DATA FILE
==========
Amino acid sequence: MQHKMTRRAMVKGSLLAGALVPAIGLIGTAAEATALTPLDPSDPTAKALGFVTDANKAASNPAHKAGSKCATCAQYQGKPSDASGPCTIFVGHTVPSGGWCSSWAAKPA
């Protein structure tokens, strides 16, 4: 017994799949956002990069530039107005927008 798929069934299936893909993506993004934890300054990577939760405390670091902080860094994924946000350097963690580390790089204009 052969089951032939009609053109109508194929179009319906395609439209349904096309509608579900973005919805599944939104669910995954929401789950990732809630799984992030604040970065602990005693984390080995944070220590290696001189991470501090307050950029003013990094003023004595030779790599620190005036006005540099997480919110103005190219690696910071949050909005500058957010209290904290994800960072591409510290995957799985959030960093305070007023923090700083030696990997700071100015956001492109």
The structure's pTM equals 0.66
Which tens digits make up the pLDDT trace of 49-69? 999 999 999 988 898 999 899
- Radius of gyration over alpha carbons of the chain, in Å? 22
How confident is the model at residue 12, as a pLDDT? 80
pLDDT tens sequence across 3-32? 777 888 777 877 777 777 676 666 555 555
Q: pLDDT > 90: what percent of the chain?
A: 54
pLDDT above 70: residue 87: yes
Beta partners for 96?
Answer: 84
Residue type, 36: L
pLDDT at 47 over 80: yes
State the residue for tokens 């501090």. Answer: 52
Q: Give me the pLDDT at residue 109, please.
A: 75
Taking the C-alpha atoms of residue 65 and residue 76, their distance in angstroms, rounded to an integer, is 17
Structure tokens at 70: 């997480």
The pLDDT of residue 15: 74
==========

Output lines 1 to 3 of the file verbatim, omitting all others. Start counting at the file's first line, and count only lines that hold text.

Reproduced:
Amino acid sequence: MQHKMTRRAMVKGSLLAGALVPAIGLIGTAAEATALTPLDPSDPTAKALGFVTDANKAASNPAHKAGSKCATCAQYQGKPSDASGPCTIFVGHTVPSGGWCSSWAAKPA
């Protein structure tokens, strides 16, 4: 017994799949956002990069530039107005927008 798929069934299936893909993506993004934890300054990577939760405390670091902080860094994924946000350097963690580390790089204009 052969089951032939009609053109109508194929179009319906395609439209349904096309509608579900973005919805599944939104669910995954929401789950990732809630799984992030604040970065602990005693984390080995944070220590290696001189991470501090307050950029003013990094003023004595030779790599620190005036006005540099997480919110103005190219690696910071949050909005500058957010209290904290994800960072591409510290995957799985959030960093305070007023923090700083030696990997700071100015956001492109």
The structure's pTM equals 0.66